It Moves! Life in Action

small brains en masse from Dennis Hlynsky on Vimeo.

As a biology teacher long ago, plant life was hard to get students interested in–until.

Until I could show them fern sperm cells swimming in  a drop of dew or a filament of Oscillatoria or diatoms gliding in drop of pond water. Wait! Plants aren’t supposed to MOVE!

Animals are easier to inspire interest, largely because we can watch them behave: they exhibit action, motion, intention.

And now there are new ways to “see” the patterns of motion in animals–especially those animals who tend to move as groups.

I don’t know everything I wish I did about the technology that makes motion-tracing possible, but I know I enjoyed and was mesmerized by this video–especially the last couple of minutes.

It merges the record of individuals and groups of animals in place with time in a way the eye cannot but only the imagination could–until now–make possible.

By all means, click the vimeo clip to watch if full screen with sound.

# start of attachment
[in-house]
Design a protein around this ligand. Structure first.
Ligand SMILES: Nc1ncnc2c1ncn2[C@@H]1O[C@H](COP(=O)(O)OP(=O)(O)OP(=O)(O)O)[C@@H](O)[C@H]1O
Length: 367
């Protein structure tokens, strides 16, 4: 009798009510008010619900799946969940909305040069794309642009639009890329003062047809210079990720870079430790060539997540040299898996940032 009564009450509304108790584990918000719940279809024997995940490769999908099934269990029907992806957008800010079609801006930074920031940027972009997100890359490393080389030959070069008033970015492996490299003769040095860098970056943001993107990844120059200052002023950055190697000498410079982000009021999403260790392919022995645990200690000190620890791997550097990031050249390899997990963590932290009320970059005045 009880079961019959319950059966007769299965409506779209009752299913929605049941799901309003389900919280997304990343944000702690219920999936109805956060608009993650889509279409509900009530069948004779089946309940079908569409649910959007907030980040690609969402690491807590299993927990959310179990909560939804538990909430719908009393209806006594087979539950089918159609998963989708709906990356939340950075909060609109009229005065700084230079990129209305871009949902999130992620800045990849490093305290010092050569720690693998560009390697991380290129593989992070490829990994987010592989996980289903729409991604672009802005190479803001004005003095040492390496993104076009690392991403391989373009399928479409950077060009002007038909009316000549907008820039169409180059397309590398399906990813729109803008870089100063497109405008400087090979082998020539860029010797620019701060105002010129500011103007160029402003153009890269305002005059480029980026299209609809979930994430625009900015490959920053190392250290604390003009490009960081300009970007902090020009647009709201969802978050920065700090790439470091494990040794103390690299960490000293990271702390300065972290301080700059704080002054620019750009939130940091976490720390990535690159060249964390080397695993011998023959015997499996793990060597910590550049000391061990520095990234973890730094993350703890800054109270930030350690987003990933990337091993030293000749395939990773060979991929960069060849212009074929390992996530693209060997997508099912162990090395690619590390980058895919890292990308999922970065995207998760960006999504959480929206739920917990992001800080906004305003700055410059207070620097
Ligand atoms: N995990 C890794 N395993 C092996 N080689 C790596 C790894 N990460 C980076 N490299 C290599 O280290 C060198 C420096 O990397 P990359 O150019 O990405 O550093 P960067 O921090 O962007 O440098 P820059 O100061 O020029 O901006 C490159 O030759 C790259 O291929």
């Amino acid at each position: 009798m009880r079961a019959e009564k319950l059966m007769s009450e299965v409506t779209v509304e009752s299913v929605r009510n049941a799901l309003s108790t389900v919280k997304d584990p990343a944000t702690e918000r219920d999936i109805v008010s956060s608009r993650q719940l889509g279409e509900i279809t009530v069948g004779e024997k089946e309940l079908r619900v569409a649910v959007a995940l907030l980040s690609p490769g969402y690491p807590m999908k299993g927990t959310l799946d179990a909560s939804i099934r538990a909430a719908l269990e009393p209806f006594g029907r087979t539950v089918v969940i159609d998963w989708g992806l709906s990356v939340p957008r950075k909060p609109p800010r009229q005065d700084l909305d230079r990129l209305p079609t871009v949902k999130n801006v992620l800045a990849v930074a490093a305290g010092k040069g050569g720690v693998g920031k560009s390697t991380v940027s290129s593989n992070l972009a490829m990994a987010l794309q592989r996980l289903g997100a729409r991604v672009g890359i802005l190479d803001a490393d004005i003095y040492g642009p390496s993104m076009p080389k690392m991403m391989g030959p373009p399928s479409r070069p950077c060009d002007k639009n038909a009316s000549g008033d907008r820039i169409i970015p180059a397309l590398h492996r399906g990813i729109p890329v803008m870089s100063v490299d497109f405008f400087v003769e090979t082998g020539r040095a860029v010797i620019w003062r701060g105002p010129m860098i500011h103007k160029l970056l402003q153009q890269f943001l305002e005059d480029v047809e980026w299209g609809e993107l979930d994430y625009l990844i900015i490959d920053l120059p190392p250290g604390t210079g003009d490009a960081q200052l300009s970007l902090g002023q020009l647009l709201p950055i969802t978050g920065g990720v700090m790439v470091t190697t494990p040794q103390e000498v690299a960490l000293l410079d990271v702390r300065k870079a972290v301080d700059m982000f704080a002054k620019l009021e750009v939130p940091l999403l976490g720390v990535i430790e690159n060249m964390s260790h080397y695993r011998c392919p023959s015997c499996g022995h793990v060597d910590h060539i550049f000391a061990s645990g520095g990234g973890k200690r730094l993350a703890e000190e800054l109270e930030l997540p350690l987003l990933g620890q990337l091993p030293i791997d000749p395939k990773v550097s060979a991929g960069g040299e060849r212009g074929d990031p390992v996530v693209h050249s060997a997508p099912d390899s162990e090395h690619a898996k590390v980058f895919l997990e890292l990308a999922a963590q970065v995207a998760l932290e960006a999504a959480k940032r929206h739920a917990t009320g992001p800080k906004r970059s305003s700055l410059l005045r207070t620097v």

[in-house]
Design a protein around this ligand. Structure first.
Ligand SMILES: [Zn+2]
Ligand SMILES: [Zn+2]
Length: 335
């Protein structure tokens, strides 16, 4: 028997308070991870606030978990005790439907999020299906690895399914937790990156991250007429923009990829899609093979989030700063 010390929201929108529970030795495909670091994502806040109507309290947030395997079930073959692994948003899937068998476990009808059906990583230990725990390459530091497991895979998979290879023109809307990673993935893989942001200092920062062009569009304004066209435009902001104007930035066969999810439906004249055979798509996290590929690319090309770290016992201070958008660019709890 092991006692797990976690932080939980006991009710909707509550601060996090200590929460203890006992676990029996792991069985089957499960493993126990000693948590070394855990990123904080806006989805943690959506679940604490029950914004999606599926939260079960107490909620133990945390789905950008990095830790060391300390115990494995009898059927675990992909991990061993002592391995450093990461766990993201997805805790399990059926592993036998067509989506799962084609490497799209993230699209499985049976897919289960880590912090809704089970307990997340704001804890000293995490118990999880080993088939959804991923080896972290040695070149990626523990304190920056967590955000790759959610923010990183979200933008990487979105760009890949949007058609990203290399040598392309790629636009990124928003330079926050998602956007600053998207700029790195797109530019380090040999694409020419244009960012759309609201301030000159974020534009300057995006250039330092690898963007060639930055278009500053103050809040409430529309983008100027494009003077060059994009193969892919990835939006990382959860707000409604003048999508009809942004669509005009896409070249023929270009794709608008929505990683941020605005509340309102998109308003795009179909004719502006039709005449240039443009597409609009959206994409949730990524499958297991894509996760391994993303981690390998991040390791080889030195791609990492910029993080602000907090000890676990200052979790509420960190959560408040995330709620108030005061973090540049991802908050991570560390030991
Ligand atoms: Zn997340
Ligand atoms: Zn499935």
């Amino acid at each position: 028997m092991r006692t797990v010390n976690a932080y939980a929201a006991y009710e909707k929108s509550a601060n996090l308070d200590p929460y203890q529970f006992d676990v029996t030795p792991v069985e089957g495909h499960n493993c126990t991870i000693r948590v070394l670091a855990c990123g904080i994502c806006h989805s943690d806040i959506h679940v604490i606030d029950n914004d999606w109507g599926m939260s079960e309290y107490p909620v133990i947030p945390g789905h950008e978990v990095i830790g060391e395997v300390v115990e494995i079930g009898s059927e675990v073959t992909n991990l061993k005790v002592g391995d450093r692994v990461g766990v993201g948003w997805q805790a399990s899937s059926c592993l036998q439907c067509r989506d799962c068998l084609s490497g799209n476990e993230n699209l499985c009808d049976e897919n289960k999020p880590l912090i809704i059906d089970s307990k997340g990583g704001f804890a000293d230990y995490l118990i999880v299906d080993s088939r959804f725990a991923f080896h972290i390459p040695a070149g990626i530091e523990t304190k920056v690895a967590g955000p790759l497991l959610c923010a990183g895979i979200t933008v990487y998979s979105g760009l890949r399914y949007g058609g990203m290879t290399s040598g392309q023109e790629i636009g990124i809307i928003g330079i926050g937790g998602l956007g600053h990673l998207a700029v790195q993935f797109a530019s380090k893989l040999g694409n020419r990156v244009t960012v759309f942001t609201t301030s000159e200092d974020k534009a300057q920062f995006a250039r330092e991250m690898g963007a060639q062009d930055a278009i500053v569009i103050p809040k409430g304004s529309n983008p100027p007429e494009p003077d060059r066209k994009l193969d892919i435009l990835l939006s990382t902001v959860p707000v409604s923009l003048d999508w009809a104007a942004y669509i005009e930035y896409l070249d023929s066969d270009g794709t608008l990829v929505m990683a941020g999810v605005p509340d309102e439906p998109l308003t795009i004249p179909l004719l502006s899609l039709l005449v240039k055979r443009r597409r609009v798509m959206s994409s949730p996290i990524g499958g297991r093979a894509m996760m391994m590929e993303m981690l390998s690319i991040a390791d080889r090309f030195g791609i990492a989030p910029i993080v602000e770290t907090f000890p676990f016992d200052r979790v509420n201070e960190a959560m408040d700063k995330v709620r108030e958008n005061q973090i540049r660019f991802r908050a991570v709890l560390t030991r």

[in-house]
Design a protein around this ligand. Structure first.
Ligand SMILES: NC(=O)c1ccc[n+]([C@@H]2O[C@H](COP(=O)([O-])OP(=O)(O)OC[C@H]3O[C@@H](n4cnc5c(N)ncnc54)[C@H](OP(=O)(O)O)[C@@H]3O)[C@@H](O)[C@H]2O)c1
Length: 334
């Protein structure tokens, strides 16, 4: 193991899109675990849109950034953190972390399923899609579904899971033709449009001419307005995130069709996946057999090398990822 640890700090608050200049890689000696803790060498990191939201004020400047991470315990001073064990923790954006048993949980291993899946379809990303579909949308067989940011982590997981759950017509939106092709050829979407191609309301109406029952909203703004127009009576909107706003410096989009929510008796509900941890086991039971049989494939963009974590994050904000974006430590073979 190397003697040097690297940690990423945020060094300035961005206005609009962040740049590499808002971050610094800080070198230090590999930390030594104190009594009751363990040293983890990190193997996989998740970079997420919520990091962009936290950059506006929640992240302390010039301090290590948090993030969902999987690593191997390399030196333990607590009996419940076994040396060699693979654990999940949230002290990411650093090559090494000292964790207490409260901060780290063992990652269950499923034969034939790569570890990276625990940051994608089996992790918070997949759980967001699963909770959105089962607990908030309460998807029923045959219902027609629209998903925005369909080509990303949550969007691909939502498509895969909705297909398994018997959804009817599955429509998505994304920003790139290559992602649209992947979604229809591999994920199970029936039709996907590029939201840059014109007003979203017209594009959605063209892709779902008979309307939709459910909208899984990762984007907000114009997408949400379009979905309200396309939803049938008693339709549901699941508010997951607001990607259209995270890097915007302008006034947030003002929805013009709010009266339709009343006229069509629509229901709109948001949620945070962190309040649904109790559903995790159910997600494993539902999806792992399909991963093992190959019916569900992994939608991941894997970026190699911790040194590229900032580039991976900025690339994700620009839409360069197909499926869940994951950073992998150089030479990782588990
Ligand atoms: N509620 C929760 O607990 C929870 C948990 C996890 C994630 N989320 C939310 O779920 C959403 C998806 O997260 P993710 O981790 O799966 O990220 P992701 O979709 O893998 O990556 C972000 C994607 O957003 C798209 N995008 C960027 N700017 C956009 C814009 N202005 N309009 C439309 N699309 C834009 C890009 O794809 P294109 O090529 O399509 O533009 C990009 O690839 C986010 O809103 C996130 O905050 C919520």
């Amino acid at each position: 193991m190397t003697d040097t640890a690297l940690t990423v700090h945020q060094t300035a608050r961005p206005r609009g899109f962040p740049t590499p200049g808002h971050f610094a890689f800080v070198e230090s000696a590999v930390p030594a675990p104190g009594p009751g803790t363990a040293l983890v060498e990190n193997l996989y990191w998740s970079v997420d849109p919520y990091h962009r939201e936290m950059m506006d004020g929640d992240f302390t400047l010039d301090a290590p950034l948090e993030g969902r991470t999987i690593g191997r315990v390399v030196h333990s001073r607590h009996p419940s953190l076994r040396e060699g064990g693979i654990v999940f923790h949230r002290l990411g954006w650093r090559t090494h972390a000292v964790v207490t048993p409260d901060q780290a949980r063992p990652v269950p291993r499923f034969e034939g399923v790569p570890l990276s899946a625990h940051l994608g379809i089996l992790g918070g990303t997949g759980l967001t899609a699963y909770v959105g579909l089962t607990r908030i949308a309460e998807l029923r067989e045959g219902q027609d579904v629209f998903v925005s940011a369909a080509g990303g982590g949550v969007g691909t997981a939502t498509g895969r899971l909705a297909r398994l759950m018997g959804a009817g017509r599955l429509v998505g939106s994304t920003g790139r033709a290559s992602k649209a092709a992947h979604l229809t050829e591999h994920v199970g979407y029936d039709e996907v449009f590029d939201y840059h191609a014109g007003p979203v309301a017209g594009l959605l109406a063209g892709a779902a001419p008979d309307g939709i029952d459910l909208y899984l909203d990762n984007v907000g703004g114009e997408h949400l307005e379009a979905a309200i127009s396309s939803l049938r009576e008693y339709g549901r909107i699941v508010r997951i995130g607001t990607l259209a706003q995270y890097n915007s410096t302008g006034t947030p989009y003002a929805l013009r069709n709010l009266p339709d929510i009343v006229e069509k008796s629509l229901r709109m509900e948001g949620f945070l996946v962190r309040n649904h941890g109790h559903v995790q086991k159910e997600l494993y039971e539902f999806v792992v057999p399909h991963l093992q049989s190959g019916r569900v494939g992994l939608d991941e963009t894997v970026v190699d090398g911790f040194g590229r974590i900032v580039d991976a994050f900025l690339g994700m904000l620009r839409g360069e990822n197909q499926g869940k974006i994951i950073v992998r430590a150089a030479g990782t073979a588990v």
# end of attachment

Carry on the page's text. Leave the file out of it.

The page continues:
Let me know your thoughts.

Published by

fred

Fred First holds masters degrees in Vertebrate Zoology and physical therapy, and has been a biology teacher and physical therapist by profession. He moved to southwest Virginia in 1975 and to Floyd County in 1997. He maintains a daily photo-blog, broadcasts essays on the Roanoke NPR station, and contributes regular columns for the Floyd Press and Roanoke's Star Sentinel. His two non-fiction books, Slow Road Home and his recent What We Hold in Our Hands, celebrate the riches that we possess in our families and communities, our natural bounty, social capital and Appalachian cultures old and new. He has served on the Jacksonville Center Board of Directors and is newly active in the Sustain Floyd organization. He lives in northeastern Floyd County on the headwaters of the Roanoke River.

One thought on “It Moves! Life in Action”

  1. Years ago I read the book, “The Secret Life of Plants”. The ideas were stunning, but the format was the printed word, so no visual effects there! The possibilities of developing that theme with the aid of today’s technology are mind-blowing! Just a thought. I like your biology teacher’s perspective!

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